“Wow, I really love prospecting.” Said no sales rep. Ever.
Unfortunately, prospecting isn’t a task most salespeople look forward to. It’s time-consuming, frustrating, and challenging. Reps might have difficulty finding the right people, getting hold of them, qualifying them, and setting up appointments, among other things.
Yet despite these recurring obstacles, prospecting techniques and strategies haven’t changed. Many salespeople are still clinging to the “spray and pray” method of decades past, even though it’s getting less and less effective. And if something is no longer effective, why aren’t adjustments being made?
Here are five way where reps go awry when approaching new prospects. Are you making any of these mistakes?
1) Targeting prospects based on title, not behavior.
Reps who base their search on who a prospect is versus what they do fall into a trap because the prospect might not see the immediate value of the rep’s product or service. Simply because this prospect is the CEO doesn’t mean that she can make a decision about HR services — or even frankly cares about HR services.
Instead of hunting for specific LinkedIn titles, hunt for interest. Who from this company is coming to your company’s website? Reps who focus on providing information to the prospects seeking it will enjoy better connection and close rates.
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2) Skipping research.
Without researching a business fully, reps are left to guess about pain points and goals. As a result, salespeople can’t present their product in the right light to show how valuable it can be to this specific prospect. After all, a rep can’t solve a pain point if they’re not sure what it is in the first place.
Here’s a simple rule of thumb: spend more time researching prospects than emailing them. With significant knowledge of the company at their fingertips, a rep can build credibility and rapport with buyers while connecting the product’s benefits with the prospect’s specific pain points.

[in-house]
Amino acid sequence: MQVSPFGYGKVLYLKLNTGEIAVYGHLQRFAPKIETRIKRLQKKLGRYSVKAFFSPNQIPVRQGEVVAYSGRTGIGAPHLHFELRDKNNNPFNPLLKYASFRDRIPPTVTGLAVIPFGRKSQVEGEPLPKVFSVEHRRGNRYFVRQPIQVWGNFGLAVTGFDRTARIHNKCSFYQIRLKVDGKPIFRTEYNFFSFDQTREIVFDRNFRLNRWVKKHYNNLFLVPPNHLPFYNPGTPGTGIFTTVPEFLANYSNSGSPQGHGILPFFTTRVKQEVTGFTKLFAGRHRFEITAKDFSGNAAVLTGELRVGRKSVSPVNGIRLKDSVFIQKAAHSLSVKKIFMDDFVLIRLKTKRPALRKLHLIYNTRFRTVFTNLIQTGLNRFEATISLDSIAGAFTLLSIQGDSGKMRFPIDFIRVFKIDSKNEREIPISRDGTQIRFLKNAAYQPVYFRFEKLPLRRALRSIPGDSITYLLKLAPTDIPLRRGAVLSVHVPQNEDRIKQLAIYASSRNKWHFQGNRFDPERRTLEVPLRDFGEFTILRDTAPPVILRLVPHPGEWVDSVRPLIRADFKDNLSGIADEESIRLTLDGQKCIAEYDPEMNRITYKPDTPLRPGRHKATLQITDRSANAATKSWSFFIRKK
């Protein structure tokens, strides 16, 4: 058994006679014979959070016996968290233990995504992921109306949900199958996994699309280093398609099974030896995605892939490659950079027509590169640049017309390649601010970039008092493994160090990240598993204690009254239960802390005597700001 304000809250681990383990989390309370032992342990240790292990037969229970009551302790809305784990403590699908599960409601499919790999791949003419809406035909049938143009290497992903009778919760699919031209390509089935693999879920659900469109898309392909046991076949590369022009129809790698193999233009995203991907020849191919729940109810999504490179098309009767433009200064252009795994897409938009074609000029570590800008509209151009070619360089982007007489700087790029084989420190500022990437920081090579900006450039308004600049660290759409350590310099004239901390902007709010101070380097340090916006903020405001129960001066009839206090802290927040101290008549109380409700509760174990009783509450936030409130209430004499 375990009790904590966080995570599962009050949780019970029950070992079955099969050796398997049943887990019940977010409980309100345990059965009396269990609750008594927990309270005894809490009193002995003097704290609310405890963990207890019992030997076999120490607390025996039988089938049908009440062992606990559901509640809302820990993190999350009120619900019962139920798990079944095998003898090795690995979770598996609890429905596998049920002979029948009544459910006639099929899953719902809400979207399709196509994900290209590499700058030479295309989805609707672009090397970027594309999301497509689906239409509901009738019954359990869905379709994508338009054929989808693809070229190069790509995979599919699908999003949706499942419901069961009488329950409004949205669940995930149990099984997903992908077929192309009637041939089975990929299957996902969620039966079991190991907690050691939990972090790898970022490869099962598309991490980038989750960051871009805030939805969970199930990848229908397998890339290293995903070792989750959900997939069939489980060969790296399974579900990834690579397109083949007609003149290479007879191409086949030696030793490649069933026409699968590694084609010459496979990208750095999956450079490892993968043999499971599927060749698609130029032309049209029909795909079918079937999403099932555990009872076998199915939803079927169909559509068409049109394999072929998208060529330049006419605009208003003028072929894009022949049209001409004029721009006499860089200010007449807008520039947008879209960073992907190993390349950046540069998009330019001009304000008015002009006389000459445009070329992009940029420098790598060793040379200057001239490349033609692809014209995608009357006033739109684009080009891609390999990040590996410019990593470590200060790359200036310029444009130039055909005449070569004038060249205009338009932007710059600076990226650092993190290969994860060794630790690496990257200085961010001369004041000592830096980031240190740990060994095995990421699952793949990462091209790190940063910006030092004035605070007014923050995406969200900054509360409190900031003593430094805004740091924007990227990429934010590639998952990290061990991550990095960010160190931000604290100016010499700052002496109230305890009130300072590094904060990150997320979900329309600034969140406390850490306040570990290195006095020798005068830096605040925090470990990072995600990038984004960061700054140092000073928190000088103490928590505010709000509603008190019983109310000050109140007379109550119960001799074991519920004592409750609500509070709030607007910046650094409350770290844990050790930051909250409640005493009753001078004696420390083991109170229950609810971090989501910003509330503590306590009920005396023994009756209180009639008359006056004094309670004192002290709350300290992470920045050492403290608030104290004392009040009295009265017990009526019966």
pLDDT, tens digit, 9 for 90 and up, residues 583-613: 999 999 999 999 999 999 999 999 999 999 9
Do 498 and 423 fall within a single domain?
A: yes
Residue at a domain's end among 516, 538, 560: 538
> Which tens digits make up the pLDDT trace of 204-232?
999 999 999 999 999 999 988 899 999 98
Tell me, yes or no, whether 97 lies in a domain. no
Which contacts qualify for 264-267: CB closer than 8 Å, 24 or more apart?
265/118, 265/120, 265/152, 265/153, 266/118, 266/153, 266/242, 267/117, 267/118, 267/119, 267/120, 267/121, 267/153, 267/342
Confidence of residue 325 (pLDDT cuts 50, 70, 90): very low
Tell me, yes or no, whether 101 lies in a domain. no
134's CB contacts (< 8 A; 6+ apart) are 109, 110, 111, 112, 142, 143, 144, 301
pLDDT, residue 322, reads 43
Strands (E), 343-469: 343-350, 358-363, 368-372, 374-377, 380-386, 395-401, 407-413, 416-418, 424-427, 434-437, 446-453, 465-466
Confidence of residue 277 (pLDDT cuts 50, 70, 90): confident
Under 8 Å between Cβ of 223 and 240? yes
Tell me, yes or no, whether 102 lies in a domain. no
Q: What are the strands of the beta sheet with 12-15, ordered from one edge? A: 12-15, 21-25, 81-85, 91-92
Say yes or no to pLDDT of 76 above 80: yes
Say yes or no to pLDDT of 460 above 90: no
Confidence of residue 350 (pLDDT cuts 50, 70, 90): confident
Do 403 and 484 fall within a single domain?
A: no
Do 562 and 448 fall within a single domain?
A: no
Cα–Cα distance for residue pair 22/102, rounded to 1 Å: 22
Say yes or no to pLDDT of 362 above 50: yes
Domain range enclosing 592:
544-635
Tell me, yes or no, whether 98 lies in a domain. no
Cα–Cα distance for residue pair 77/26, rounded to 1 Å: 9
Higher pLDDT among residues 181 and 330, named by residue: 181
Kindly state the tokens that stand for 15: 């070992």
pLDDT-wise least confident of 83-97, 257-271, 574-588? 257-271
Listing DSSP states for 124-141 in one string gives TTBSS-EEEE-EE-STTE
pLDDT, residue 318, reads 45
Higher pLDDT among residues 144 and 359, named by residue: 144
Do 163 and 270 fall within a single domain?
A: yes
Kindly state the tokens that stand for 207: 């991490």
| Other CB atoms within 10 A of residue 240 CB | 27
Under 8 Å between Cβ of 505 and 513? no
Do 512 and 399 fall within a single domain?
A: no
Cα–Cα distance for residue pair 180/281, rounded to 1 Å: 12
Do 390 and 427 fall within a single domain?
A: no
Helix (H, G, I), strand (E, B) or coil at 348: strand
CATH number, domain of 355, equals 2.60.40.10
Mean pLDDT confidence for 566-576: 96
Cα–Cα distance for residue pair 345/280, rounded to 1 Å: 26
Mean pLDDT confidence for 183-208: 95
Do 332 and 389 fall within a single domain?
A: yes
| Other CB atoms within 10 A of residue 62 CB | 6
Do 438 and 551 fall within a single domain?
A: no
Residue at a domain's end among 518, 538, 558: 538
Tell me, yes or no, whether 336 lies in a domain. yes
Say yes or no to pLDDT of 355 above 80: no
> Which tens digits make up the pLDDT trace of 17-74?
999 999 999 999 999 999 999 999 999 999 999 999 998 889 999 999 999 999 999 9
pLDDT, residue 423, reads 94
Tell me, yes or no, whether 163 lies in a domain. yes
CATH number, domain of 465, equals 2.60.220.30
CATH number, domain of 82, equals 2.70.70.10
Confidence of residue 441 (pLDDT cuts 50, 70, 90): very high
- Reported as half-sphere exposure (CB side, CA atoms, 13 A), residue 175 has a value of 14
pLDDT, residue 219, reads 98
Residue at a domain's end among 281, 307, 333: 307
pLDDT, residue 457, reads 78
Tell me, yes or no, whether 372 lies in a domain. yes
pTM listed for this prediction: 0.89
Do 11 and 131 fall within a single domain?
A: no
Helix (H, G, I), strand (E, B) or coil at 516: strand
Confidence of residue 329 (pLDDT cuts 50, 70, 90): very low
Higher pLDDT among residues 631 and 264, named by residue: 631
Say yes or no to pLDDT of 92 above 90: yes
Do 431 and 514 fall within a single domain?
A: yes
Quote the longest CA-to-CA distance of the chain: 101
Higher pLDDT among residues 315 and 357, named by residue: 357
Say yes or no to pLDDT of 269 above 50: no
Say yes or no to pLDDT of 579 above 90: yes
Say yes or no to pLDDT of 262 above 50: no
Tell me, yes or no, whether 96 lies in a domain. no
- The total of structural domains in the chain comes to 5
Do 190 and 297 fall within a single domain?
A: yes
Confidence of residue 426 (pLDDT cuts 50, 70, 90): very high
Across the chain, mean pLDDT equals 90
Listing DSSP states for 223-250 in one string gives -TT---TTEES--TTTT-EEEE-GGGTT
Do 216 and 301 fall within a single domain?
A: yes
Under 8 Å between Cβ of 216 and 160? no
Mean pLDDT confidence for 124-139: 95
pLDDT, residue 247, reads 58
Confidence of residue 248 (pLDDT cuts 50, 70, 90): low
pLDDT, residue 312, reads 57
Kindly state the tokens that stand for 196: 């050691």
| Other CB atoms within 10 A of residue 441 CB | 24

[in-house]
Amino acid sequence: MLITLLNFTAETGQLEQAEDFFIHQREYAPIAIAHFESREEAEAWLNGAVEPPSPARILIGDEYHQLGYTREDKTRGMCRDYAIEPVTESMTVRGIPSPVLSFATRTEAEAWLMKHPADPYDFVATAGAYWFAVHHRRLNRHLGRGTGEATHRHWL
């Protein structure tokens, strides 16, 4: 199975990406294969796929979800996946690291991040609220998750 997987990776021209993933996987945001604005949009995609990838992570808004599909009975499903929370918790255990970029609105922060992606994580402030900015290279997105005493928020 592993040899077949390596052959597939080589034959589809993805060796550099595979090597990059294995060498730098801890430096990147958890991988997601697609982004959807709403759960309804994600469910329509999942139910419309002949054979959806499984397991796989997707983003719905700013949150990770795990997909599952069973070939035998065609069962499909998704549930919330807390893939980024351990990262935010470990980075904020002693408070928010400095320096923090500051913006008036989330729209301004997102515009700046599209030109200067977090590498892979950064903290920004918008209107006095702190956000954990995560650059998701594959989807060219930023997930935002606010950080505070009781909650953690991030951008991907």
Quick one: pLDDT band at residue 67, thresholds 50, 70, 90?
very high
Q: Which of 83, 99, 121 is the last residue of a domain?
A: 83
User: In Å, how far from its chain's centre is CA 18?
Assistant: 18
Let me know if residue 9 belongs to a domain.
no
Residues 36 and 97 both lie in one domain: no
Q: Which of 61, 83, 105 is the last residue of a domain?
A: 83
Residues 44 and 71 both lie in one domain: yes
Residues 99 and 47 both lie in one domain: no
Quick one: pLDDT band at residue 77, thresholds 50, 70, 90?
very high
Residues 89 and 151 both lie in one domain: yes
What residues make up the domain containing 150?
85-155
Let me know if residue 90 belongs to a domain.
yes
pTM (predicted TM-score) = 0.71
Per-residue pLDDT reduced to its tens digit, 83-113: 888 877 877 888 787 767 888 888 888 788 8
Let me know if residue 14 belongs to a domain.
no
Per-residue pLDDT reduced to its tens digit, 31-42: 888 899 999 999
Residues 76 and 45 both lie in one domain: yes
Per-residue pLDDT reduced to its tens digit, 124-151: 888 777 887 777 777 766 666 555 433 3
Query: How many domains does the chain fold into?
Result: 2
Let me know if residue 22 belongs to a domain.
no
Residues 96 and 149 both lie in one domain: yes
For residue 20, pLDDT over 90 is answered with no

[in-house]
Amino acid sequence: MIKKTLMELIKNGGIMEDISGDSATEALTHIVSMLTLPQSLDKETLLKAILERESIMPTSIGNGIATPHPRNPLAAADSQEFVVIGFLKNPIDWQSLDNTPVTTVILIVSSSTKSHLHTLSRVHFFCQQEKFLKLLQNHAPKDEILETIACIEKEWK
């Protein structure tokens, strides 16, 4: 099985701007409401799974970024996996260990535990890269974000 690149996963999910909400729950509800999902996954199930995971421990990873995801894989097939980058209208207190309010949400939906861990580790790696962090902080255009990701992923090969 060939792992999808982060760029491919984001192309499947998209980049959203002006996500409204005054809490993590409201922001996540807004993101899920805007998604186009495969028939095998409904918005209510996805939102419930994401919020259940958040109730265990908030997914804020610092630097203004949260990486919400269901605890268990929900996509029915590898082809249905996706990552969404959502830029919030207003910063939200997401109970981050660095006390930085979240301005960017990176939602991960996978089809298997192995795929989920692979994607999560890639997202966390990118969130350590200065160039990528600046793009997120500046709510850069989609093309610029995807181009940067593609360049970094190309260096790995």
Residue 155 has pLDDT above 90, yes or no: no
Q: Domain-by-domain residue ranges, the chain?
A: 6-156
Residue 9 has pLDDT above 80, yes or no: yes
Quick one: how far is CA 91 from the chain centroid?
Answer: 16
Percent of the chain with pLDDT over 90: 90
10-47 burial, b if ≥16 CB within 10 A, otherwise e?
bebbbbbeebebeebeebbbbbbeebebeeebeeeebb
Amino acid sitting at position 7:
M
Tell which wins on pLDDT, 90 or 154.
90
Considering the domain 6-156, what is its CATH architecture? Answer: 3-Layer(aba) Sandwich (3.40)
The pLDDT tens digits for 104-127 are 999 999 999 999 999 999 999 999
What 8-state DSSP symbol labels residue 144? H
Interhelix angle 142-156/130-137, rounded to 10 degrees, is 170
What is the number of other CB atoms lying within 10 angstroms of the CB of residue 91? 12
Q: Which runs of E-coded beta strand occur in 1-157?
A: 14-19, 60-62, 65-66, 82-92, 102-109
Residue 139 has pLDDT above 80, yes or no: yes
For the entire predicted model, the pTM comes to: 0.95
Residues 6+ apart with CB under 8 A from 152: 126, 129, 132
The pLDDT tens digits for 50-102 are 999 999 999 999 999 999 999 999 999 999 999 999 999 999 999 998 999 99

3) Coming in totally cold.
Today’s buyers screen their calls and protect their inboxes. Reps who try to start a relationship using cold tactics often hit a roadblock because the modern buyer isn’t interested in talking to a sales rep they don’t know about a product they haven’t expressed interest in. Cold call and cold email techniques are losing their effectiveness because the modern buyer has changed.
Instead, try finding prospects online first, connecting with them over shared interests, and warming up the relationship. Then and only then is it time to reach out.
4) Sticking to the script.
Every buyer has a unique pain point and is in need of a specific solution. By sticking to the generic script, salespeople fail to present their product as a solution to the prospect’s specific needs. While it’s great for a potential buyer to hear about a product’s benefits, they need to know how these features are specifically going to help them.
Toss the script out the window and personalize a message based on the information you’ve gathered from interactions with this prospect. By personalizing the message, a sales rep can highlight key benefits that directly solve this prospect’s pain point in a way other products might not be able to.
5) Following up just to follow up.
By following up without providing any new value, reps are not helping prospects but instead probably annoying them. The modern buyer is hungry for information but is moving at her own pace. Reps who send worthless emails regularly aren’t providing value, but likely hurting their credibility.
Instead, by keeping in contact with and providing value to prospects through a multitude of channels, reps won’t need to follow up just for the sake of following up because the conversation is ongoing.
Prospecting and connecting with buyers can be challenging. But just like anything else in life, when it starts to become too challenging and you’re not seeing the results you want, adjustments need to be made. Instead of defaulting to old-school tactics like the ones above, use the new year to try new strategies and techniques.